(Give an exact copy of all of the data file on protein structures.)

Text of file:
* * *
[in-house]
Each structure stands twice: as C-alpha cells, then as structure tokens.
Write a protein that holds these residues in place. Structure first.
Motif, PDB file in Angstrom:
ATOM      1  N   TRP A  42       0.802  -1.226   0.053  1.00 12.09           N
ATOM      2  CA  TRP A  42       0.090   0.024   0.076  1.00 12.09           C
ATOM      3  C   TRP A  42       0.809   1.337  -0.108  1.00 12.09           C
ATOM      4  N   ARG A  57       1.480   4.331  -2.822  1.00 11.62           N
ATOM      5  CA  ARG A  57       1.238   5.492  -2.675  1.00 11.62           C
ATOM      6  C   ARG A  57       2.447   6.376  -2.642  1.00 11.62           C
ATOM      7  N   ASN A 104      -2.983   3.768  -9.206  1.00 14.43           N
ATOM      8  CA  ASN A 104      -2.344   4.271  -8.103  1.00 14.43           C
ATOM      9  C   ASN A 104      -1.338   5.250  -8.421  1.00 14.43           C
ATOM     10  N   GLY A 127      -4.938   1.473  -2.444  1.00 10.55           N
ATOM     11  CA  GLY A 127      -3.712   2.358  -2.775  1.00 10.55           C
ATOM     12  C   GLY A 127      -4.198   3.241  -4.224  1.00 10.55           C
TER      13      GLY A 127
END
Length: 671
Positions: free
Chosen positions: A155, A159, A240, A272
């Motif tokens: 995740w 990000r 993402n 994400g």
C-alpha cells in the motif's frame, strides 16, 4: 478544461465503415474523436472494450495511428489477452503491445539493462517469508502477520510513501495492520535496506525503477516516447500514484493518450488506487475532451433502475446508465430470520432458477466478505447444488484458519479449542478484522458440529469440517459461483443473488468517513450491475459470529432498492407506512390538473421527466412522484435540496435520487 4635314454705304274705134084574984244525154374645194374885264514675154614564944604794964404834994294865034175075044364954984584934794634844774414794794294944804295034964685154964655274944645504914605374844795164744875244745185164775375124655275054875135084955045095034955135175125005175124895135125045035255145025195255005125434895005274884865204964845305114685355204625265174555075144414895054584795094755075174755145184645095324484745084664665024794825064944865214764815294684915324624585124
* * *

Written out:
[in-house]
Each structure stands twice: as C-alpha cells, then as structure tokens.
Write a protein that holds these residues in place. Structure first.
Motif, PDB file in Angstrom:
ATOM      1  N   TRP A  42       0.802  -1.226   0.053  1.00 12.09           N
ATOM      2  CA  TRP A  42       0.090   0.024   0.076  1.00 12.09           C
ATOM      3  C   TRP A  42       0.809   1.337  -0.108  1.00 12.09           C
ATOM      4  N   ARG A  57       1.480   4.331  -2.822  1.00 11.62           N
ATOM      5  CA  ARG A  57       1.238   5.492  -2.675  1.00 11.62           C
ATOM      6  C   ARG A  57       2.447   6.376  -2.642  1.00 11.62           C
ATOM      7  N   ASN A 104      -2.983   3.768  -9.206  1.00 14.43           N
ATOM      8  CA  ASN A 104      -2.344   4.271  -8.103  1.00 14.43           C
ATOM      9  C   ASN A 104      -1.338   5.250  -8.421  1.00 14.43           C
ATOM     10  N   GLY A 127      -4.938   1.473  -2.444  1.00 10.55           N
ATOM     11  CA  GLY A 127      -3.712   2.358  -2.775  1.00 10.55           C
ATOM     12  C   GLY A 127      -4.198   3.241  -4.224  1.00 10.55           C
TER      13      GLY A 127
END
Length: 671
Positions: free
Chosen positions: A155, A159, A240, A272
């Motif tokens: 995740w 990000r 993402n 994400g």
C-alpha cells in the motif's frame, strides 16, 4: 478544461465503415474523436472494450495511428489477452503491445539493462517469508502477520510513501495492520535496506525503477516516447500514484493518450488506487475532451433502475446508465430470520432458477466478505447444488484458519479449542478484522458440529469440517459461483443473488468517513450491475459470529432498492407506512390538473421527466412522484435540496435520487 4635314454705304274705134084574984244525154374645194374885264514675154614564944604794964404834994294865034175075044364954984584934794634844774414794794294944804295034964685154964655274944645504914605374844795164744875244745185164775375124655275054875135084955045095034955135175125005175124895135125045035255145025195255005125434895005274884865204964845305114685355204625265174555075144414895054584795094755075174755145184645095324484745084664665024794825064944865214764815294684915324624585124